Huntsville fire officials have ruled the fire at Lincoln Park Apartments an accident.
Chief Frank McKenzie with Huntsville Fire & Rescue told WAAY 31 the fire started on the couch inside an apartment on Webster Drive last month.
Police said an elderly man was pulled from the apartment and taken to the hospital.
A neighbor called 911 after he said his five-month-old puppy, Queen, alerted him to the fire in the middle of the night.
Today, District Four City Councilman Bill Kling recognized Queen for her heroism.
Councilman Kling says her continuous barking saved the elderly man’s life.
Queen was presented with a certificate on behalf of the mayor and City Council.
She also received a medal from former school board member Topper Birney.
Councilman Kling says Queen is a dog of few words, but her heroism speaks for itself.
“Amos and Queen saved a life and we’re fortunate," Kling said.
When asked how he felt to be the owner of a hero dog, Amos Smith said, “I feel like a proud parent. You know, this is like my dog’s being graduated through high school, going through college, getting graduated, she has her paperwork now.”
If you’ve been following this story, you know Queen's owner was facing eviction from his apartment, which is operated under the Huntsville Housing Authority, because of her weight and breed.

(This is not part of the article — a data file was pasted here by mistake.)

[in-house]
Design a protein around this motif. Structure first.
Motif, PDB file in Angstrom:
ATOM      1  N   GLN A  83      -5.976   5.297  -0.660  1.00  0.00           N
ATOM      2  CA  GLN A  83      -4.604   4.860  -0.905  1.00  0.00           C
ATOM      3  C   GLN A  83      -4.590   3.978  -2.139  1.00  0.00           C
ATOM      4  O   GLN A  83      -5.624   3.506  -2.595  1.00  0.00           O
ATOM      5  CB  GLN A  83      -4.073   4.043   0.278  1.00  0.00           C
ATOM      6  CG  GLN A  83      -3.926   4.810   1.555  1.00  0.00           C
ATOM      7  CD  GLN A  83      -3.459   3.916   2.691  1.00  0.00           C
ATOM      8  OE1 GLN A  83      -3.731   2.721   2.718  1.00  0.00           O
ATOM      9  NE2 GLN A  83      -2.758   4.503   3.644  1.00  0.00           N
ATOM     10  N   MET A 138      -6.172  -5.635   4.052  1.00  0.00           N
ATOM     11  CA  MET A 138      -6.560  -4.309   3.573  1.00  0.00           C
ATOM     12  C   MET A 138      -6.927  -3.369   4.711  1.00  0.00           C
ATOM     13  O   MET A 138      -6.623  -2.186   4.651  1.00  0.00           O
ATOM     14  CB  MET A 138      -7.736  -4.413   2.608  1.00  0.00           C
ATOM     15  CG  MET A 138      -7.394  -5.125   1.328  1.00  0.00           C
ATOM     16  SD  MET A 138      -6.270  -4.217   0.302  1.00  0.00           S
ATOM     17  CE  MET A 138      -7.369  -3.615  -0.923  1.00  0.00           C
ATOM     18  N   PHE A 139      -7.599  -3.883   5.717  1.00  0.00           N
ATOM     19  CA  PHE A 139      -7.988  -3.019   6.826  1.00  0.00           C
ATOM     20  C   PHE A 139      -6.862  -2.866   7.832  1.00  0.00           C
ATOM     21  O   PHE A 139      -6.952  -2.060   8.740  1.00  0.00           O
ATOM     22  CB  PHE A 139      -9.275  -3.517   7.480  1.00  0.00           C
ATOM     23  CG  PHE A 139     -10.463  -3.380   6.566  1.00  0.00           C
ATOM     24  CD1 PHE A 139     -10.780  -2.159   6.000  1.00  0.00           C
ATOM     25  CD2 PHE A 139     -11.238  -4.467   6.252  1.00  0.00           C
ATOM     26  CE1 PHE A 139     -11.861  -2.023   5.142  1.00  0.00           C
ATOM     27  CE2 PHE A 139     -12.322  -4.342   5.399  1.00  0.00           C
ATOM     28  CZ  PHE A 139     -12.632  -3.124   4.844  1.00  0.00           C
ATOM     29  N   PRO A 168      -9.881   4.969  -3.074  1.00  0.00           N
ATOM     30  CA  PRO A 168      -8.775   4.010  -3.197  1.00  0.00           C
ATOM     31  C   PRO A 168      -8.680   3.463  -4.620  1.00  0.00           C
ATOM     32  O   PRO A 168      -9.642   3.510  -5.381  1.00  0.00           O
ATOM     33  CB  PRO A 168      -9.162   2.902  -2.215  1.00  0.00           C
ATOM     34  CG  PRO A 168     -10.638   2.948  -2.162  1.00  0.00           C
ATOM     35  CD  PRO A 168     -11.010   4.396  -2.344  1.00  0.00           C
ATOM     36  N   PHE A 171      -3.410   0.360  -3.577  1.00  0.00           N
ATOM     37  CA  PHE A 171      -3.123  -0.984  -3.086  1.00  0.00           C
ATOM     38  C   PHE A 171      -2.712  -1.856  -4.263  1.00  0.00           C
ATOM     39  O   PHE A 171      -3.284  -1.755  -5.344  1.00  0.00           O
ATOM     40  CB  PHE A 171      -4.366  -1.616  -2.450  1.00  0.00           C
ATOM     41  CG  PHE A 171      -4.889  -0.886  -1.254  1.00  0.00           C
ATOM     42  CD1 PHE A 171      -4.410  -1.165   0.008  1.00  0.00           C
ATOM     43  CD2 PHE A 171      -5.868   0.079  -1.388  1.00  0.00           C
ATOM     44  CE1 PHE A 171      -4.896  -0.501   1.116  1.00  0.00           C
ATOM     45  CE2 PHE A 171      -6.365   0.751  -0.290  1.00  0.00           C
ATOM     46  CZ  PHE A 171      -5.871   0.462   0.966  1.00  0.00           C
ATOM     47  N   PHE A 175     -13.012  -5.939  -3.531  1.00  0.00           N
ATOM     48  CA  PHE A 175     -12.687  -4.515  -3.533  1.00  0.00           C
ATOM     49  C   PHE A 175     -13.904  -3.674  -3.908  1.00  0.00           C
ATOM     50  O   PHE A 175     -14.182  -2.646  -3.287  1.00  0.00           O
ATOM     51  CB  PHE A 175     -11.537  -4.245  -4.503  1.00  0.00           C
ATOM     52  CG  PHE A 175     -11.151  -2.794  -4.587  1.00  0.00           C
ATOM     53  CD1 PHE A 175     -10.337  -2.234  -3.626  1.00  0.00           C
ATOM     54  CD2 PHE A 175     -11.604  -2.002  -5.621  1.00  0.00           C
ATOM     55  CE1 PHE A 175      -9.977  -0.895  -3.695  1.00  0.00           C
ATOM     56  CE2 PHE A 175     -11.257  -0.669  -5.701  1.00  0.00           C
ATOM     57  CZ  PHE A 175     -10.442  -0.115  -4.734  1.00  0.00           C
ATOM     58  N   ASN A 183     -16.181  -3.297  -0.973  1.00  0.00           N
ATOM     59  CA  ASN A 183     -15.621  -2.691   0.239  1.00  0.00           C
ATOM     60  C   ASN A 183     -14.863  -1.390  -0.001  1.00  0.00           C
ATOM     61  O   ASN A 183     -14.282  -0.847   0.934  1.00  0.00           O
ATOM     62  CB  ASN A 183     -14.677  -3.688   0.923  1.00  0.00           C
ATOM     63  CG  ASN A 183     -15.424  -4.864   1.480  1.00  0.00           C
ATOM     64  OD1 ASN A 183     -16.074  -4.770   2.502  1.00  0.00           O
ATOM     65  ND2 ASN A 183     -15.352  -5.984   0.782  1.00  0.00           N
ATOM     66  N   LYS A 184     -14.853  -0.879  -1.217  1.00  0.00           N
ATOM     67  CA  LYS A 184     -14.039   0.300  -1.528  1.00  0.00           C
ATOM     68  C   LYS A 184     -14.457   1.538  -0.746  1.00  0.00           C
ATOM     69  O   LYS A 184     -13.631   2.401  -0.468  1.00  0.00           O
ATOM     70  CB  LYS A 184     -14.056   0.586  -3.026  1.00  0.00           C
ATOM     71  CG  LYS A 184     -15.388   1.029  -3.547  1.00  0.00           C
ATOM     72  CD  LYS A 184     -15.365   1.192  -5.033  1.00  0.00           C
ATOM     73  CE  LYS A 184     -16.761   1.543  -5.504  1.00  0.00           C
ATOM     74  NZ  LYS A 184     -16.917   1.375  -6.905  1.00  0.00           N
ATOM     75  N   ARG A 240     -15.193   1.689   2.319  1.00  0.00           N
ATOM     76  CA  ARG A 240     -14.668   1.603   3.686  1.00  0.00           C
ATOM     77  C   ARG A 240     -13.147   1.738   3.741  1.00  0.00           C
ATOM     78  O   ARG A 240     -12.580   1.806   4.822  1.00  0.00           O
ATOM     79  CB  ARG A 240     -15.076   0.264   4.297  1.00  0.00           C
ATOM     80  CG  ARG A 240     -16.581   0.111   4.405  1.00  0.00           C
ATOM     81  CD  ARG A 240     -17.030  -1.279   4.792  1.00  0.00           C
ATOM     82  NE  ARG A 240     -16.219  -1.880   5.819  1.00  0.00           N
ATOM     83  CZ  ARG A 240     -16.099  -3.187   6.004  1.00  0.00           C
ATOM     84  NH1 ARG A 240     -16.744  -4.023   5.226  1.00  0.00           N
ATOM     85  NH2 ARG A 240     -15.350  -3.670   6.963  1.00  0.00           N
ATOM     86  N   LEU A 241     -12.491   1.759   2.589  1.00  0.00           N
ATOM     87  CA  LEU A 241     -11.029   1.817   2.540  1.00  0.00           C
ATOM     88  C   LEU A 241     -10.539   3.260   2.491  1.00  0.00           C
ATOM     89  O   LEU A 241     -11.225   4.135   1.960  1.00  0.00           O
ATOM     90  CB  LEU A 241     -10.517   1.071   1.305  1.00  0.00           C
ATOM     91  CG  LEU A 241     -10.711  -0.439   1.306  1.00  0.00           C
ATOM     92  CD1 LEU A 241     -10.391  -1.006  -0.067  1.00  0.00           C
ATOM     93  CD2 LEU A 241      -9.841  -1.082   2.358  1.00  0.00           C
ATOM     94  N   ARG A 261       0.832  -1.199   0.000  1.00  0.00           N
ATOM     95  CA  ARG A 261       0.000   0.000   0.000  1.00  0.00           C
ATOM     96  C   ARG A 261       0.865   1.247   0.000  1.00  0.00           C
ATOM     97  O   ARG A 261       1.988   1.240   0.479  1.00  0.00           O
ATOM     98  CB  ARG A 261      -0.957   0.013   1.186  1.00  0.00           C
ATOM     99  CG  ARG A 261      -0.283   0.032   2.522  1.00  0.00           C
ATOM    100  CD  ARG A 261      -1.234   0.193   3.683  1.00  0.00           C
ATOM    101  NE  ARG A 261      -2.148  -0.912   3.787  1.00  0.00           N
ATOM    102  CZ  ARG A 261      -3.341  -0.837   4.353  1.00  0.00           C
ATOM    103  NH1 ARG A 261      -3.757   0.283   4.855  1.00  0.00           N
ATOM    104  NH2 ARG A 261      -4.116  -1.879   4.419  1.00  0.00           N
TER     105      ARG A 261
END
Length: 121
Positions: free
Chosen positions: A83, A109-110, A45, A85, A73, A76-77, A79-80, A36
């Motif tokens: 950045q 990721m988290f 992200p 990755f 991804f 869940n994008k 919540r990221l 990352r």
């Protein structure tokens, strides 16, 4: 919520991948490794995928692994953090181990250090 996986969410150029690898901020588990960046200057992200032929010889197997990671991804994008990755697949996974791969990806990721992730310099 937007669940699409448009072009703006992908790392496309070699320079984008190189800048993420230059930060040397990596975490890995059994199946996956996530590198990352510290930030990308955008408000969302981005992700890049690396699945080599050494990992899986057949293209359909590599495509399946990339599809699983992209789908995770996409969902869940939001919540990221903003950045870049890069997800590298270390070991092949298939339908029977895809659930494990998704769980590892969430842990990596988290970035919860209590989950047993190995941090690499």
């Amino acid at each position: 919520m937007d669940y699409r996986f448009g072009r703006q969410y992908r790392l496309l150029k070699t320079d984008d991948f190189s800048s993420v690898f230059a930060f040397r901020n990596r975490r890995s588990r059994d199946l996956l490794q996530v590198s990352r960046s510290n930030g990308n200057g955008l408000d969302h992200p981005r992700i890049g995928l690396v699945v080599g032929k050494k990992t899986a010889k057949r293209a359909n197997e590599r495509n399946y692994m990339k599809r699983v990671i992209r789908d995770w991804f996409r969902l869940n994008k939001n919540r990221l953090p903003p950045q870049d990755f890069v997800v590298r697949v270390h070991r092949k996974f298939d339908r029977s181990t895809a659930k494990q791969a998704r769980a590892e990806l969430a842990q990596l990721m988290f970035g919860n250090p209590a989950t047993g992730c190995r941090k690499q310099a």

However, Queen’s owner, Amos Smith, says the housing authority contacted him Tuesday morning to let him know his dog, Queen, will now be allowed to stay in her home.
“Couldn’t be more than 20 pounds and couldn’t be a certain type of breed."
Amos Smith says that’s what the Huntsville Housing Authority originally told him when they found out about his dog, Queen.
However, Smith has since learned his dog can be up to 25 pounds.
And as for the breed, Smith says he had Queen tested, and the results say she’s a terrier mix.
Now, Smith says the housing authority has given him a different message.
“She’s allowed to stay, it’s just important that she has to get spade," he said.
We reached out to the Huntsville Housing Authority, who says Smith did not follow their pet policy.
According to the guidelines, Smith was supposed to register the pet with the property manager, pay a $50 registration fee, and a $200 deposit fee.
And the housing authority told WAAY 31 Smith did none of those things.
Smith admits to WAAY 31 that he didn’t pay the fees; but he says he’s working with the housing authority to pay those off over the next couple of months.